All Of These Worlds Are Yours . . .
On July 1 2004, seven years after its launch, the Cassini spacecraft crossed the plane of Saturn's ring system. Its chunky body, wrapped in gold-colored Kapton insulation and crowned by the dish of its high-gain antennae, bristled with instrumentation; an independent instrument package, the Huygens probe, clung to it like a limpet. After falling through the gap between the F and G rings, it fired up its engines for ninety-six minutes, skimming just 100,000 kilometers above Saturn's cloud tops as it ended its interplanetary trajectory and inserted itself into an elliptical orbit.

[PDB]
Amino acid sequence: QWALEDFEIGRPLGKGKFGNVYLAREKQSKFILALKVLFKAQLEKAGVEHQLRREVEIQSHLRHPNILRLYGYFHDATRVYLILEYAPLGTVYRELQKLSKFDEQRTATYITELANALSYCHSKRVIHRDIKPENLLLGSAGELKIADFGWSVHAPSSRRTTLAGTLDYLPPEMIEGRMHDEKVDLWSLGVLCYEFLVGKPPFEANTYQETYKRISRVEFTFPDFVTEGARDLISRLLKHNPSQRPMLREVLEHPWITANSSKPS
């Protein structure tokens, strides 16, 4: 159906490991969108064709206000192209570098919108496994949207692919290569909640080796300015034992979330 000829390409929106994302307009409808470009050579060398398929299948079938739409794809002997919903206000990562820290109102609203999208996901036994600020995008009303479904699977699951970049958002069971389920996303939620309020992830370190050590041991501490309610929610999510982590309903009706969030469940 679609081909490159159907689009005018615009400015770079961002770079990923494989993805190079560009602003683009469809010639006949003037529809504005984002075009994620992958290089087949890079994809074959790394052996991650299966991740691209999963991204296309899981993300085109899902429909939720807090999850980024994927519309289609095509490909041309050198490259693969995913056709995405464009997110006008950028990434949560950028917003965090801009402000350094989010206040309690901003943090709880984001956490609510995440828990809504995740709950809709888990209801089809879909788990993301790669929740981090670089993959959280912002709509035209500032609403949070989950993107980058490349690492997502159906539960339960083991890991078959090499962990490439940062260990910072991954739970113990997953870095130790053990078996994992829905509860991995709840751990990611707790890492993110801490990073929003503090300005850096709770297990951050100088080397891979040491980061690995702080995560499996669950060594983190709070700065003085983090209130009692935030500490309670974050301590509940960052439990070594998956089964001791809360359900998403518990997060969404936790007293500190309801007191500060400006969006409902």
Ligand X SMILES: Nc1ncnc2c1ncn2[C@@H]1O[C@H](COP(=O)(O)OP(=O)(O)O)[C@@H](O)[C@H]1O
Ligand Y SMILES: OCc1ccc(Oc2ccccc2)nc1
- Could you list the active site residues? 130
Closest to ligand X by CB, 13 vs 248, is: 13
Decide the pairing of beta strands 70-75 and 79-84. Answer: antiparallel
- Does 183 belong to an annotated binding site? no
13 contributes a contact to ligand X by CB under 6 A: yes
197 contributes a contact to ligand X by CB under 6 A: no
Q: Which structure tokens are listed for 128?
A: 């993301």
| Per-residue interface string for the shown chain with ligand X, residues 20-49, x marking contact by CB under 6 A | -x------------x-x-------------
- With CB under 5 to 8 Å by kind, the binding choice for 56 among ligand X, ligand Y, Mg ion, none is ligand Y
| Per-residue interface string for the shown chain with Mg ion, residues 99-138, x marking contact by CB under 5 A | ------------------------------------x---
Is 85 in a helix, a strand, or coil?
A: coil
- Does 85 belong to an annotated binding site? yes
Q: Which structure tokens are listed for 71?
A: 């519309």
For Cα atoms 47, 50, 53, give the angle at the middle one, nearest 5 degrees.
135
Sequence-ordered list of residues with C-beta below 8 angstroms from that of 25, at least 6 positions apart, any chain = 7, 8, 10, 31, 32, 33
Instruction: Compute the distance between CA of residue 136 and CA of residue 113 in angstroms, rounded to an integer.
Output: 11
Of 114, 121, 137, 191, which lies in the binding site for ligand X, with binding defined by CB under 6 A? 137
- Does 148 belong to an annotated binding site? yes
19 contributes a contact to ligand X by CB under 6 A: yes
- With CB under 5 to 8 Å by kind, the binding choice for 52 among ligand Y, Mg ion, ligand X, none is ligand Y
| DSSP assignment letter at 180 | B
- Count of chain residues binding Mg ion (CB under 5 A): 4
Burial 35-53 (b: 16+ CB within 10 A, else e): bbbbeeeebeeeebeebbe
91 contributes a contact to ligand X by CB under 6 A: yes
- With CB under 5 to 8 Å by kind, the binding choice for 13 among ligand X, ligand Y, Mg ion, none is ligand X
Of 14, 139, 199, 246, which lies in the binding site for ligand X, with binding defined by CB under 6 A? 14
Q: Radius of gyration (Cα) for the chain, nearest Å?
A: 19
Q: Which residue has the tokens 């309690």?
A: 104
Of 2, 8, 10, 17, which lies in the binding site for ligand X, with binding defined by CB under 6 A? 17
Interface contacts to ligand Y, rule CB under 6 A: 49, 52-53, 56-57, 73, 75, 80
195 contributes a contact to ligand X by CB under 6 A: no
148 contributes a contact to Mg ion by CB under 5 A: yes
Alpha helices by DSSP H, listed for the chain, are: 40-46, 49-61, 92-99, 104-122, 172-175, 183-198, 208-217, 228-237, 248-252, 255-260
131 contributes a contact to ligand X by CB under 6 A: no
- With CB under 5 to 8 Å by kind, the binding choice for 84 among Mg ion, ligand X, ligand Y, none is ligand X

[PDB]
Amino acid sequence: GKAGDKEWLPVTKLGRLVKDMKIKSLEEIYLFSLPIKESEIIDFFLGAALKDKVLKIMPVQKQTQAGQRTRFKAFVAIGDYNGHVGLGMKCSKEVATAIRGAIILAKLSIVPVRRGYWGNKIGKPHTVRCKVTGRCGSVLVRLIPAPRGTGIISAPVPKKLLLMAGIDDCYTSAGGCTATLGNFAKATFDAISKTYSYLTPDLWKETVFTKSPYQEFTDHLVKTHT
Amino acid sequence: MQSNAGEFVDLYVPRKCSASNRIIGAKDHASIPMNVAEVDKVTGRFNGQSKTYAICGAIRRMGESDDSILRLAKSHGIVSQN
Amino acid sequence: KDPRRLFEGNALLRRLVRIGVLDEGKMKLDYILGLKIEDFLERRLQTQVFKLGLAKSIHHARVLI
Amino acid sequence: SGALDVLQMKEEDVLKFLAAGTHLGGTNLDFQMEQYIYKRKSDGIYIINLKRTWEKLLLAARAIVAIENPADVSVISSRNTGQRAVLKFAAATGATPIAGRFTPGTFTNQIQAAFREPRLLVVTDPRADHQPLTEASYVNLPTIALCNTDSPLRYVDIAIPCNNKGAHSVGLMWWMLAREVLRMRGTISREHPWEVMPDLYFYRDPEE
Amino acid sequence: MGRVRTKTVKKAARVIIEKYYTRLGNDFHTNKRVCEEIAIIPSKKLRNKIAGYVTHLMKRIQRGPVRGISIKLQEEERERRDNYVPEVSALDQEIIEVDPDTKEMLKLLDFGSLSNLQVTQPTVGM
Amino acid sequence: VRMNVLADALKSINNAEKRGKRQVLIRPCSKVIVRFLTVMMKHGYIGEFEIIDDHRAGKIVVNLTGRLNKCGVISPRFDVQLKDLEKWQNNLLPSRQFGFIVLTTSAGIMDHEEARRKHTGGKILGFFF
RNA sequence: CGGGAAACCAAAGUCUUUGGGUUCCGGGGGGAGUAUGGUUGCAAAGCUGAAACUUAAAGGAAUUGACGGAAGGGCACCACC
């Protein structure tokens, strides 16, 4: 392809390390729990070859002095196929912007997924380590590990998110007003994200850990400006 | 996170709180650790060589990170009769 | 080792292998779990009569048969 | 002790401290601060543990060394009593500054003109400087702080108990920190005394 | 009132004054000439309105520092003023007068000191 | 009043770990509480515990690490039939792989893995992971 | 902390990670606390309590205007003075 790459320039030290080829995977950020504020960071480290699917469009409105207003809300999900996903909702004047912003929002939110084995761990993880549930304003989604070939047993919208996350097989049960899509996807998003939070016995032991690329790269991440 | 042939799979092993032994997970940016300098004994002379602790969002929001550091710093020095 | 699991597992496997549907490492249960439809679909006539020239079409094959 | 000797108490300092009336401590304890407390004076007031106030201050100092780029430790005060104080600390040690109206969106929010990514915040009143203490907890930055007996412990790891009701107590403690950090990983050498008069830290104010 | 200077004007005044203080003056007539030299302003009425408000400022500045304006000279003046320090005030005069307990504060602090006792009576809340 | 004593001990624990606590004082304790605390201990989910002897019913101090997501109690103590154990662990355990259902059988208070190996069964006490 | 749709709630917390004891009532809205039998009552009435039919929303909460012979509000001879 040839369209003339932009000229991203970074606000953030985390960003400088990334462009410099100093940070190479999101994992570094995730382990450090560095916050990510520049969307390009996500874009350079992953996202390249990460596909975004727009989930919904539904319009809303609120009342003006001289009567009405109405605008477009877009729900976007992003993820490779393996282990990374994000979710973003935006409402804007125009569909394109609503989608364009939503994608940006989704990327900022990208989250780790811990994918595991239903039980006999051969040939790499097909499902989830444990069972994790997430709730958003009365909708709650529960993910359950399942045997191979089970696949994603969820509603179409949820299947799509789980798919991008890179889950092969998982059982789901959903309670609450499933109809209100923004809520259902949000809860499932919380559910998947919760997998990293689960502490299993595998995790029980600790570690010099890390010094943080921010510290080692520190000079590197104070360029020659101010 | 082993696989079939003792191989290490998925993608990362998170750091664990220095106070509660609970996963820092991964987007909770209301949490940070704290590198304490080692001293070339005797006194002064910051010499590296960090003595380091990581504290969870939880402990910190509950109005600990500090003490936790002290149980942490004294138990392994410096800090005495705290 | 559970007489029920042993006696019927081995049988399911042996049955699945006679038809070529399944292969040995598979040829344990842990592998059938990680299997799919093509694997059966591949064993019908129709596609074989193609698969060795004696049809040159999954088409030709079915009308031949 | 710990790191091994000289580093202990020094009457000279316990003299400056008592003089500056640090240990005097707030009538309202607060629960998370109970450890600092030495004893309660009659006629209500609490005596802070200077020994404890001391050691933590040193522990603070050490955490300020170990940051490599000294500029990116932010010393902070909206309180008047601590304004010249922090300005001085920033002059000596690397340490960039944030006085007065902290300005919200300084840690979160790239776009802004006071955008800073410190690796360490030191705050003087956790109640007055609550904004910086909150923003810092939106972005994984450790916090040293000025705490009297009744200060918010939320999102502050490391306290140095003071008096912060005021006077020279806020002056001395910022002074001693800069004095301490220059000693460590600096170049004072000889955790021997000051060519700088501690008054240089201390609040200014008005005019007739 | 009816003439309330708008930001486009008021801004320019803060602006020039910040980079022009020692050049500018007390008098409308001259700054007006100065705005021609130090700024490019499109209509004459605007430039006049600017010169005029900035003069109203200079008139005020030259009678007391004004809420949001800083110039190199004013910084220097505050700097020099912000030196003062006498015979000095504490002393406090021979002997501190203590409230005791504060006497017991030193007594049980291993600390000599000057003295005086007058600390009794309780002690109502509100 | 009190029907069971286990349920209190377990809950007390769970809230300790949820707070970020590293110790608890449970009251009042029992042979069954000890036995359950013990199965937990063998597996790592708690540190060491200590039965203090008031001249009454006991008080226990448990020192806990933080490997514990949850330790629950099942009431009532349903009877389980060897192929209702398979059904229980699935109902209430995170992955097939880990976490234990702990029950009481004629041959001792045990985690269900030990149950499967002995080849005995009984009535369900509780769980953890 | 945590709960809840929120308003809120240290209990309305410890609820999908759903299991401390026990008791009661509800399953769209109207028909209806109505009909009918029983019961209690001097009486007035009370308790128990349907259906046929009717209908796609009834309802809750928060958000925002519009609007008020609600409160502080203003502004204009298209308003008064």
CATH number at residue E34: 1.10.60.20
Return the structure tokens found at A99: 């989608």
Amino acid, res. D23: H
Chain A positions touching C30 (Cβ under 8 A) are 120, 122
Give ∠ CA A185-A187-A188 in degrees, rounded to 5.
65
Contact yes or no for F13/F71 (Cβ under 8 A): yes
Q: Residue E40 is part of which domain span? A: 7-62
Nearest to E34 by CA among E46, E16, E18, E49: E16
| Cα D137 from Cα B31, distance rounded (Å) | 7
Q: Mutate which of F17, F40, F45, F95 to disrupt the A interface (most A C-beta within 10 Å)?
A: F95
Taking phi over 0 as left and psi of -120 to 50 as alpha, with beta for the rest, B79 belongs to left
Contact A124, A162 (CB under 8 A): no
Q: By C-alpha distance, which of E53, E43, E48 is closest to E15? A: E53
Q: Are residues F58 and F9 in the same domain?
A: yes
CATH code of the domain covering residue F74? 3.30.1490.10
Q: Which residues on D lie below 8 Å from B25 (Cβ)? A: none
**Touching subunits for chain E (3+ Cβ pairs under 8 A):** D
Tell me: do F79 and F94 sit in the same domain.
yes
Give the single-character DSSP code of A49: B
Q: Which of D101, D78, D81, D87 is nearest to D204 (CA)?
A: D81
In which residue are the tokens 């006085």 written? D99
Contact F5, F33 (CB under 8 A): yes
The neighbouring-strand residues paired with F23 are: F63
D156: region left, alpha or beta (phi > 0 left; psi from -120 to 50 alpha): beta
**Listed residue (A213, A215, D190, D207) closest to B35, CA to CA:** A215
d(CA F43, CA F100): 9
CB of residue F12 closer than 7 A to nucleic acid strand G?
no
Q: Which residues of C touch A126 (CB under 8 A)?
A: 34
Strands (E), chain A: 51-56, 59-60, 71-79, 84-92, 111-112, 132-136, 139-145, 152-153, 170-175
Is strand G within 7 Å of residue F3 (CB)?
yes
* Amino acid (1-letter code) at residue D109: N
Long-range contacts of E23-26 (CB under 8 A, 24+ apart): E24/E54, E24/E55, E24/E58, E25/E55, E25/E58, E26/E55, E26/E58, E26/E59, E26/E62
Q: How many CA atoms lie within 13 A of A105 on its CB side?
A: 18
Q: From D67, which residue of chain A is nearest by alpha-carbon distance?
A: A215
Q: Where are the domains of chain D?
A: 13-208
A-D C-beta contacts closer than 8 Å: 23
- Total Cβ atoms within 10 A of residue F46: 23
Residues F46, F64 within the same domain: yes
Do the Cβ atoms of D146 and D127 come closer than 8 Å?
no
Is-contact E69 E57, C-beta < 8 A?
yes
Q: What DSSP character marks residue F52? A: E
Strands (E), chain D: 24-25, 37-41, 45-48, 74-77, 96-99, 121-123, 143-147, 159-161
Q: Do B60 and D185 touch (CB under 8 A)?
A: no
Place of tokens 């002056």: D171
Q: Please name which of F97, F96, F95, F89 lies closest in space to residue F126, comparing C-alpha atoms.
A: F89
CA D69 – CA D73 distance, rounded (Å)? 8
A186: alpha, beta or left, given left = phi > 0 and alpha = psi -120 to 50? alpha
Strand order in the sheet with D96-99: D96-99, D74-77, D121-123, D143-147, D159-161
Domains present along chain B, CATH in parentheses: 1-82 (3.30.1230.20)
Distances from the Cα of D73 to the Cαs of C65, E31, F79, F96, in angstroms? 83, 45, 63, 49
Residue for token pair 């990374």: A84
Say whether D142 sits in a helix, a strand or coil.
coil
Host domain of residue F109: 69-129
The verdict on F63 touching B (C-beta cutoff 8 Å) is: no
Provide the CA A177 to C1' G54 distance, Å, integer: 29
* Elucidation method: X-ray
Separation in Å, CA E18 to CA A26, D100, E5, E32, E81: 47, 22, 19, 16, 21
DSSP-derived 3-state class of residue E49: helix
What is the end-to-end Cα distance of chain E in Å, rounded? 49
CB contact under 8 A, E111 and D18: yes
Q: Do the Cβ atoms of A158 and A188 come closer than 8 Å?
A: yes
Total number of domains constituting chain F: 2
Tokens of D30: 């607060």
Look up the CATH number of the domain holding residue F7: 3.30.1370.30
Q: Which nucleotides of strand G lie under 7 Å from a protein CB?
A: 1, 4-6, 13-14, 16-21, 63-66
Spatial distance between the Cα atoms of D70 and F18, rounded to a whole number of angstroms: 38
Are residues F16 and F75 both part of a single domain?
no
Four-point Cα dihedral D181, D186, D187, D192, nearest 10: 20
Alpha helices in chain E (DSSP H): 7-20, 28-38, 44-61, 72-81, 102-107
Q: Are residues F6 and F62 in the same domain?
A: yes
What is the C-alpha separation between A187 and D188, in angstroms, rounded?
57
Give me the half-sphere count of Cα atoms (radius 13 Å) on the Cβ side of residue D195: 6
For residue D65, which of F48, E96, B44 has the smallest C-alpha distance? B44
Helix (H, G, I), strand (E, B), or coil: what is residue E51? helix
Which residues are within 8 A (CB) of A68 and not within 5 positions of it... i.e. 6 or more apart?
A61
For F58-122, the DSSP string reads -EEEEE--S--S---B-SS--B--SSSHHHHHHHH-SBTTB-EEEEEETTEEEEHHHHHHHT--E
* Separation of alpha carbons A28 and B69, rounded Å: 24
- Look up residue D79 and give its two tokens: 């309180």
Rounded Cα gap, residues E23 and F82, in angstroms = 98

I had some small personal interest in Cassini's success. In the year it was launched, 1997, I published a short story, "Second Skin", set on Proteus, a tiny moon of Neptune: it described an attempt to assassinate an enigmatic but fearsomely accomplished gene wizard, and was the overture to a long love affair with the outer regions of the Solar System. I wrote eight more stories that shared the same future history, and began to plan a pair of novels, The Quiet War and Gardens of the Sun, about life in the outer regions of the solar system . . .